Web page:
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European Commissioner for Enlargement and Neighbourhood Policy
Clear EU perspective for Western Balkans, determination needed to make it reality
Conference "10 Years after Thessaloniki: An appraisal of the EU perspective and challenges in the Western Balkans"/ Dublin, Ireland
24 May 2013
Minister of State, distinguished guests, ladies and gentlemen,
I would like to thank the Irish Presidency for inviting me to today's conference marking the 10th anniversary of the European Union-Western Balkans summit in Thessaloniki. 10 years ago, in 2003, the European Union had 15 Member States and who would have thought that a Commissioner from a new Member State would be leading on enlargement 10 years later?
Looking at the conference programme, I am delighted to see that a number of experts that have already been through the enlargement process will be participating in today's panel discussions and giving us the benefit of their experience, including Vasilis Puşcaş who has produced a handbook aimed at helping countries to prepare for accession negotiations.
Today I would like to recall two important remarks made by Minister Creighton during last month's plenary debate in Strasbourg on the 2012 Progress Report on Serbia.
Just two days after the debate in Strasbourg, Serbia and Kosovo reached an historic agreement. This is a game changer for these countries and for the western Balkans as a whole.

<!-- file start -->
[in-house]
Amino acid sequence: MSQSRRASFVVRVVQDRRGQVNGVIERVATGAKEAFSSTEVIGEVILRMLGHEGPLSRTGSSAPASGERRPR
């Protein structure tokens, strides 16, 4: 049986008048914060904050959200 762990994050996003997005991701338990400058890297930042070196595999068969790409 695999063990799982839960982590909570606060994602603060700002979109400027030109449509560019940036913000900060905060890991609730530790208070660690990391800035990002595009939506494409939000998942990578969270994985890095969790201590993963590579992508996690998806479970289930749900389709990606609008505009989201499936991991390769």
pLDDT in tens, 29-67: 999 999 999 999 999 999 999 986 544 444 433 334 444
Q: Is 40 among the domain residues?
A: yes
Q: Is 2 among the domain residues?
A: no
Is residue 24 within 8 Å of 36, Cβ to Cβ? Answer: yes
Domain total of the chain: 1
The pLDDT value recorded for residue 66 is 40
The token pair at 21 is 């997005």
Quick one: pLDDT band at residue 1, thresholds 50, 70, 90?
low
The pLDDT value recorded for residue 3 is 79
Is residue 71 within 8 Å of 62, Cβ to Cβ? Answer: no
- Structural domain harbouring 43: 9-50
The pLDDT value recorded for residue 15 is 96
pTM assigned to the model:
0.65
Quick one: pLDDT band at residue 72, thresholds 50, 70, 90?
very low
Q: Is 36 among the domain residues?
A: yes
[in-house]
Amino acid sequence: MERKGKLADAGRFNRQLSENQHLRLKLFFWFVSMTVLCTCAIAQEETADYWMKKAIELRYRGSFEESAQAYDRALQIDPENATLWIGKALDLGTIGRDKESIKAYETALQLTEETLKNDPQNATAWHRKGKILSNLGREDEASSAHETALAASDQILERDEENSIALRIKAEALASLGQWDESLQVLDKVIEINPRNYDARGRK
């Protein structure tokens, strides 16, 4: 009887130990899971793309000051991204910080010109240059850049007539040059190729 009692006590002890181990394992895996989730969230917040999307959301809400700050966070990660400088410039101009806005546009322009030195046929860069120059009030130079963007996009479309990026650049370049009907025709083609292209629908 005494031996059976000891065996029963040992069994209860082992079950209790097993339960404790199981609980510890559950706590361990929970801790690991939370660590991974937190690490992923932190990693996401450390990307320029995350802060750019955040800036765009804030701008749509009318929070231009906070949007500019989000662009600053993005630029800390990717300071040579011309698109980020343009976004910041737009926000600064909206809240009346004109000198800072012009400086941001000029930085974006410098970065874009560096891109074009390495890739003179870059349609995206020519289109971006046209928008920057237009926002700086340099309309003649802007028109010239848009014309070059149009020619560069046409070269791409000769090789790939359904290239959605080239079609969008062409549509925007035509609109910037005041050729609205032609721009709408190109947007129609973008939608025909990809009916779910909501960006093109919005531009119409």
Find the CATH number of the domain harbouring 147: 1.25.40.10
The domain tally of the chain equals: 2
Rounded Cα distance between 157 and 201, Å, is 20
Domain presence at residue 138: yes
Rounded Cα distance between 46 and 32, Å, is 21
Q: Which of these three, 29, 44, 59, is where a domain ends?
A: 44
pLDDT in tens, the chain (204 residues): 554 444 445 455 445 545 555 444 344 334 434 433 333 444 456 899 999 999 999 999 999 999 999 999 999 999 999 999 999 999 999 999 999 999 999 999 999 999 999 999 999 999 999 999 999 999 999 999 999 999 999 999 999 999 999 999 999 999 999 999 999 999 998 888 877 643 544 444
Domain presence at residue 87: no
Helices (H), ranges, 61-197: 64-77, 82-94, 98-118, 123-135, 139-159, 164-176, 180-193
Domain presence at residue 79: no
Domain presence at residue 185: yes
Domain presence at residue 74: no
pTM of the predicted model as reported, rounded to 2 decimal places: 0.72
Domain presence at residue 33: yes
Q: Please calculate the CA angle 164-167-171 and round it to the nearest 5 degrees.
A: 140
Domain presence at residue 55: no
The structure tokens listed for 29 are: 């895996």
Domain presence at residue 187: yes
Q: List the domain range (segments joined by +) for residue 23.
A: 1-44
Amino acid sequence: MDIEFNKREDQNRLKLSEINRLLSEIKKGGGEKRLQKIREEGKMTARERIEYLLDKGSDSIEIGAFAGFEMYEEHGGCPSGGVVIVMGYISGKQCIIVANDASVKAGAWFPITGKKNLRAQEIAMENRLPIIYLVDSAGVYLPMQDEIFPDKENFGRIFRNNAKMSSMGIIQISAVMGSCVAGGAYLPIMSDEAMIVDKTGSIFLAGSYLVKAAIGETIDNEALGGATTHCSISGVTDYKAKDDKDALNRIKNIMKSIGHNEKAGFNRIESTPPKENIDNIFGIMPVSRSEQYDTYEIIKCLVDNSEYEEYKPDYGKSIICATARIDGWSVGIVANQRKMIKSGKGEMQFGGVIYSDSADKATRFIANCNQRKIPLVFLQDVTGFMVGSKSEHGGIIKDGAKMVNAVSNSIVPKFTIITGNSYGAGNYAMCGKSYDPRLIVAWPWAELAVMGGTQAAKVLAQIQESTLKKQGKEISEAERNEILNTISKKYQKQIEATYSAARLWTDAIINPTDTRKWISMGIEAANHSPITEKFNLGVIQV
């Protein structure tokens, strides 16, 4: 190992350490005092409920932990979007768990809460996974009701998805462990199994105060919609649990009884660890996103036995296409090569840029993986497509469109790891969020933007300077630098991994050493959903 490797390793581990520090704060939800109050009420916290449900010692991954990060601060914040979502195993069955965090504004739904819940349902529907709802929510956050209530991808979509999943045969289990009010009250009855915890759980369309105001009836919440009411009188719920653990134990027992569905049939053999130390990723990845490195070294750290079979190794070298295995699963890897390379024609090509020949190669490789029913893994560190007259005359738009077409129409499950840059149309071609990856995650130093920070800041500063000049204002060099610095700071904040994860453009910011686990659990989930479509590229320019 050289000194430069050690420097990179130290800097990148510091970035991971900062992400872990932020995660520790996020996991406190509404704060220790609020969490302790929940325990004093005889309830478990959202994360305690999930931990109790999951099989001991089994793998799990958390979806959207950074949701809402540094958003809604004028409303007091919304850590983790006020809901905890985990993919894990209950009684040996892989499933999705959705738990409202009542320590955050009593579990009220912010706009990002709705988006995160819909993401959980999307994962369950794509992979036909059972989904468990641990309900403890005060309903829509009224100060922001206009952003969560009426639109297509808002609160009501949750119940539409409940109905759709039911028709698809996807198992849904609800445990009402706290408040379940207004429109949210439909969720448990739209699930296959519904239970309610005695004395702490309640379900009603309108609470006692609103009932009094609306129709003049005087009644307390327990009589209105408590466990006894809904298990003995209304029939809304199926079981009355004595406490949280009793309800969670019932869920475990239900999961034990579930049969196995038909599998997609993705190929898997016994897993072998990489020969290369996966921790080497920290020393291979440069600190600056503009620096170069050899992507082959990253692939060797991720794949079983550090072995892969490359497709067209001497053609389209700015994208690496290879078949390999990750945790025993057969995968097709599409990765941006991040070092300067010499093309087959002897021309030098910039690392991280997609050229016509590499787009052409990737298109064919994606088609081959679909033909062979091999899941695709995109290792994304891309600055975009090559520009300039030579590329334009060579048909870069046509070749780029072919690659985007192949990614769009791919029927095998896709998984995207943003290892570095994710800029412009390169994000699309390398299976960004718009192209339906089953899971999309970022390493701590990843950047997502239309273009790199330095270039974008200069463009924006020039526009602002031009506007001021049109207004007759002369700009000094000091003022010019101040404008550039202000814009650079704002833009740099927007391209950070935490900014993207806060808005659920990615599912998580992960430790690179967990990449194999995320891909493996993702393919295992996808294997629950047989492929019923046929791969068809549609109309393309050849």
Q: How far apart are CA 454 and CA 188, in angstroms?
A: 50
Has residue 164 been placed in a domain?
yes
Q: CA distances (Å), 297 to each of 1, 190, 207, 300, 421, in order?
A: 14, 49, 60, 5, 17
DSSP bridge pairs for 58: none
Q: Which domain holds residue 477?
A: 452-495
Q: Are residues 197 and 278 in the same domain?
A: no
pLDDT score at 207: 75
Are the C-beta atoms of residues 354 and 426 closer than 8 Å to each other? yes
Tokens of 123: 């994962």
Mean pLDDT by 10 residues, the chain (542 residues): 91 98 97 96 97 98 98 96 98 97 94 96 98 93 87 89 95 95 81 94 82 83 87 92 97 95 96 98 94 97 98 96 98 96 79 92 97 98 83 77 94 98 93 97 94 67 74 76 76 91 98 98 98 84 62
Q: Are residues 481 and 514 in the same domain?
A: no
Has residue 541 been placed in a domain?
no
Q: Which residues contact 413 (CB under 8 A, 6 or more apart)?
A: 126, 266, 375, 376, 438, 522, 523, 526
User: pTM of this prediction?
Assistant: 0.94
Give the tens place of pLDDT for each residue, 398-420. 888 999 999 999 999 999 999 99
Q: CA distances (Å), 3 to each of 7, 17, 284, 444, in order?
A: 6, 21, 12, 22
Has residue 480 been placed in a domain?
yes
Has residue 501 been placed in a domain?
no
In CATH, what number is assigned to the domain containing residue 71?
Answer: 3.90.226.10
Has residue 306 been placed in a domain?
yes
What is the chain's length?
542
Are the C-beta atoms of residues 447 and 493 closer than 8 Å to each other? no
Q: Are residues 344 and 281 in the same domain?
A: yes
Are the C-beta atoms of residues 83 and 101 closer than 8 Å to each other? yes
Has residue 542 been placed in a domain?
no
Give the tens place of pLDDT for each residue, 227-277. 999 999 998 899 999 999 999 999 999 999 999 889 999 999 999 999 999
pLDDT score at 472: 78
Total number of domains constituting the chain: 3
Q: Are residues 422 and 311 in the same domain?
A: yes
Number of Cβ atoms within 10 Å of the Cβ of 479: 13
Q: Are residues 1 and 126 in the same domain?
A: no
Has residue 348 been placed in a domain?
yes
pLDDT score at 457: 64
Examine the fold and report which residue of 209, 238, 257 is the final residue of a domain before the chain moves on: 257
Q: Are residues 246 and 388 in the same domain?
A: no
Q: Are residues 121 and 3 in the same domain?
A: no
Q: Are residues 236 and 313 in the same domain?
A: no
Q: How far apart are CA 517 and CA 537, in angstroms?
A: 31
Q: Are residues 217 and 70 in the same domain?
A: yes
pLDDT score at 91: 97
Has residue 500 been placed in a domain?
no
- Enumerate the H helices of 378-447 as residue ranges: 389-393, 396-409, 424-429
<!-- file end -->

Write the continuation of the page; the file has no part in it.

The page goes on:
And as we count down the days to Croatia becoming the 28th member of the European Union on July 1st, I can only echo Minister Creighton's pertinent remarks. Momentum has been maintained and the countries of the Western Balkans continue to move ever closer to the European Union.
Now, let me turn to what lies ahead by making three remarks about the European Union perspective and challenges for the countries of the Western Balkans.
First, there is a clear perspective of European integration for all the countries in the region. The hard work that has been done, especially since the December European Council, means that 2013 is a year of opportunities.
Second, it is for the candidate countries to be aware of the opportunities and to make the full use of the momentum that has been created. That means stepping up the efforts:
Third, the entire region needs to show vision and courage to put the past behind it – to promote reconciliation and reforms and move towards a stable future that is clearly anchored within the European Union.
I call on the partner countries to step up to the plate and take these opportunities. Experience shows that the greater the consensus within a country on the European agenda, the faster that country progresses on its way to the European Union. Cross-party political support for the European Union reform agenda is key. That means constructive opposition – not boycotting parliaments.
Ladies and gentlemen, allow me to conclude with a few words about the Irish Presidency.
You ensured that enlargement was an important priority of your Presidency and I want to thank you for your support and close cooperation during a crucial period. Croatia became a candidate country during the Irish Presidency of the Council in 2004. Croatia's accession will be a fitting finale to a successful Irish Presidency in 2013.
Thank you for your attention.